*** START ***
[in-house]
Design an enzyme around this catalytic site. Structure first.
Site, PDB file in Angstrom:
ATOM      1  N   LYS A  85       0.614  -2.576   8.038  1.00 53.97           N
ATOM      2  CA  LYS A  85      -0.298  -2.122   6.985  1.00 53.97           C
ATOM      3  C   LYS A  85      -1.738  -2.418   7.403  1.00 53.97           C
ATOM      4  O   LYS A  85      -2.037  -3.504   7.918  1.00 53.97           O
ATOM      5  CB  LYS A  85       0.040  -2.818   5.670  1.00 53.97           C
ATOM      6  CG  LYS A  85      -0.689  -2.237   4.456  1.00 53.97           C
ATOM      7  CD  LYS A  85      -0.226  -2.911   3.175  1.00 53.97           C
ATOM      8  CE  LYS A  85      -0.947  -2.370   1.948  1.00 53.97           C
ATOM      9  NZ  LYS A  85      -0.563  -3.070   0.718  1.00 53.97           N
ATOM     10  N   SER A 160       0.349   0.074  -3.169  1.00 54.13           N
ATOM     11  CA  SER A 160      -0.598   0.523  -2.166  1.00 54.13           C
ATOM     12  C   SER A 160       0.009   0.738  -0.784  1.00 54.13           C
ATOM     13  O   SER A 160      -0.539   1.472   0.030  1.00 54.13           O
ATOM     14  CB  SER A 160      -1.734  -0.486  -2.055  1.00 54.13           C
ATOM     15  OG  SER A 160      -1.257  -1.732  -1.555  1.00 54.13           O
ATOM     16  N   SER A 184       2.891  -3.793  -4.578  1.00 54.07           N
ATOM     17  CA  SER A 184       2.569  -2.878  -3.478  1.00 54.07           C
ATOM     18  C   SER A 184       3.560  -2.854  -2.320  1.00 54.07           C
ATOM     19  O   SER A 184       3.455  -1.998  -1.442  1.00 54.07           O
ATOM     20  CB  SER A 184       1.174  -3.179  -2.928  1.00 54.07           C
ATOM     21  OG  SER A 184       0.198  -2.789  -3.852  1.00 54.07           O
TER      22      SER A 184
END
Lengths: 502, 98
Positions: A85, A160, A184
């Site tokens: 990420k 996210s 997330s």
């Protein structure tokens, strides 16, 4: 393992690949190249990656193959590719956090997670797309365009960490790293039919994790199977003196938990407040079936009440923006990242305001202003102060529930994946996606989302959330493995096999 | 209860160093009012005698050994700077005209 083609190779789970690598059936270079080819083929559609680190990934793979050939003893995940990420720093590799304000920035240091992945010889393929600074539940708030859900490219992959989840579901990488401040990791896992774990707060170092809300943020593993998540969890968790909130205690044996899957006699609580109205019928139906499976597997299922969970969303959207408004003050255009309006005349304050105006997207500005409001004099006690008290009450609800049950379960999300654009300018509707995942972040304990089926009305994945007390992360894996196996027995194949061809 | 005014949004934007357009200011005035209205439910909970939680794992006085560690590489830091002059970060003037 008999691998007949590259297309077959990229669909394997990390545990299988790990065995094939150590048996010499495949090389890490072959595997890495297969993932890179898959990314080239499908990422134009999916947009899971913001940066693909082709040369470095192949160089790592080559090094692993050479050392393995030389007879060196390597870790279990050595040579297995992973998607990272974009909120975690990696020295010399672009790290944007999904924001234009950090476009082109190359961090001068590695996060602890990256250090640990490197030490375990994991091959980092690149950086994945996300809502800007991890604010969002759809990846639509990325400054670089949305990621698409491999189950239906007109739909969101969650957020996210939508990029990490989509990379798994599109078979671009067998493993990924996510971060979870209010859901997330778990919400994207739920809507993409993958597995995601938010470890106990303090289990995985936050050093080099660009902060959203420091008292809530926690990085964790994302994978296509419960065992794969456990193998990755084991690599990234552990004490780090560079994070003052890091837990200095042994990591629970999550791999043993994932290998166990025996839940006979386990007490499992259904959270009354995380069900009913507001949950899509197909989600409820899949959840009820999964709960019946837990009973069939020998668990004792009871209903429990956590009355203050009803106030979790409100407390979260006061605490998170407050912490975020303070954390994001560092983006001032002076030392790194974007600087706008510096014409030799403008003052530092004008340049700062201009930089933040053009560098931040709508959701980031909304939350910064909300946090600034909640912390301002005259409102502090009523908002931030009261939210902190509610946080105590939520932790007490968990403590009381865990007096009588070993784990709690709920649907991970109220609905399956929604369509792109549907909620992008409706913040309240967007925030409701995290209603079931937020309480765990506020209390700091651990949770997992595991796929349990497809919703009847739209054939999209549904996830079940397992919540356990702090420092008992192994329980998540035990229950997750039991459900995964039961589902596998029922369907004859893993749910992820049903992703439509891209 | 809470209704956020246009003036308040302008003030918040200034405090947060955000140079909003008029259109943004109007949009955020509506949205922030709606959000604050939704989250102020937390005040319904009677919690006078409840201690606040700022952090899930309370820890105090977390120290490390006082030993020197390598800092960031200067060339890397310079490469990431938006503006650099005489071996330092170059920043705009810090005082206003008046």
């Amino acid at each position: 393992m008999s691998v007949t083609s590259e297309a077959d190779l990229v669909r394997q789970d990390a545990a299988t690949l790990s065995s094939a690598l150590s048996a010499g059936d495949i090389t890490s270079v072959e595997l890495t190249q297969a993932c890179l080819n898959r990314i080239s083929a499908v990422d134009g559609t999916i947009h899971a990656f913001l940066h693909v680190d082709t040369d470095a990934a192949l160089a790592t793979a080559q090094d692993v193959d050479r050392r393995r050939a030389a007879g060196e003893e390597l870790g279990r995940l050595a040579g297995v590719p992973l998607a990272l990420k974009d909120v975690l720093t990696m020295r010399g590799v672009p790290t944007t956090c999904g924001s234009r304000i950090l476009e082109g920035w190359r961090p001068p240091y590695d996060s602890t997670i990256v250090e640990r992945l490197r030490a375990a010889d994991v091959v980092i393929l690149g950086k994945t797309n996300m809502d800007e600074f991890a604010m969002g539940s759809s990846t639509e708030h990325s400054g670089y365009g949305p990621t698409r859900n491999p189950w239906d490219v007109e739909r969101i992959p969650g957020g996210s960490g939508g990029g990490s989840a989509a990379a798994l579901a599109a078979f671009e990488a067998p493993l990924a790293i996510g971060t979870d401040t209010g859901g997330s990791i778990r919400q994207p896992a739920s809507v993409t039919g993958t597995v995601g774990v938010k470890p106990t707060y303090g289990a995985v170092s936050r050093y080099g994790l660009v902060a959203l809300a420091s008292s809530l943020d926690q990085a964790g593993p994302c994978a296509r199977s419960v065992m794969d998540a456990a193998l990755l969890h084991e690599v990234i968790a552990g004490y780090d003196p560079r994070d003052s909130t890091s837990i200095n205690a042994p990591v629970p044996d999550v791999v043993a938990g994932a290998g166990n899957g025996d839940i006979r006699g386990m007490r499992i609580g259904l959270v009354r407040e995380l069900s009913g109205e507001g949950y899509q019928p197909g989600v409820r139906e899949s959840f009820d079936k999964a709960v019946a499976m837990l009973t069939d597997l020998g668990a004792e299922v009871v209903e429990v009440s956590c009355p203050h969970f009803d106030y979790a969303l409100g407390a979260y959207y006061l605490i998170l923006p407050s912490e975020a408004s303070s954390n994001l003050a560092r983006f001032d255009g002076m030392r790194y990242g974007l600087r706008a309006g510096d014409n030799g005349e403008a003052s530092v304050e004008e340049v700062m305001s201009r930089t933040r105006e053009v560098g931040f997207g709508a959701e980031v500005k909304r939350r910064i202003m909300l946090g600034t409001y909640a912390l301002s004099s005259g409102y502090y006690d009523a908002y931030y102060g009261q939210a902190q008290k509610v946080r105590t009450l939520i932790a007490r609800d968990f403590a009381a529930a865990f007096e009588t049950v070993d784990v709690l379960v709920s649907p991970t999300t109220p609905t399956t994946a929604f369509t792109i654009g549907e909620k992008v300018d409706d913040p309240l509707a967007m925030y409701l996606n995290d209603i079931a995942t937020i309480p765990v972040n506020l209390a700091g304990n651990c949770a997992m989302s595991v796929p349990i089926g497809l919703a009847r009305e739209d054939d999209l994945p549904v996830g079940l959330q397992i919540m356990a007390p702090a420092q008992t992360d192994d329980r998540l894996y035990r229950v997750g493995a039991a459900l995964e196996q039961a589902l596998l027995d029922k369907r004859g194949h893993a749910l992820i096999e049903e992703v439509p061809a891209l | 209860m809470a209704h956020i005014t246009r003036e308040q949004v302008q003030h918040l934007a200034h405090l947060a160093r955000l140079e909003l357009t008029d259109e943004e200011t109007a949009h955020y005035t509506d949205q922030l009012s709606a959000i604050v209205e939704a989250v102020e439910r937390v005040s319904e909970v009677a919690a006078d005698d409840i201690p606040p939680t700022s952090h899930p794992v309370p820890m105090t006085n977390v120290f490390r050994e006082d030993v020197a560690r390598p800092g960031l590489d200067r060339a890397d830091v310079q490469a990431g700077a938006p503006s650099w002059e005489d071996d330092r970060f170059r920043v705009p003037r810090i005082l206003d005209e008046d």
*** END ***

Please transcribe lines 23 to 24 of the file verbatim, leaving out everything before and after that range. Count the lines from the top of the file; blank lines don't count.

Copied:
ATOM     20  CB  SER A 184       1.174  -3.179  -2.928  1.00 54.07           C
ATOM     21  OG  SER A 184       0.198  -2.789  -3.852  1.00 54.07           O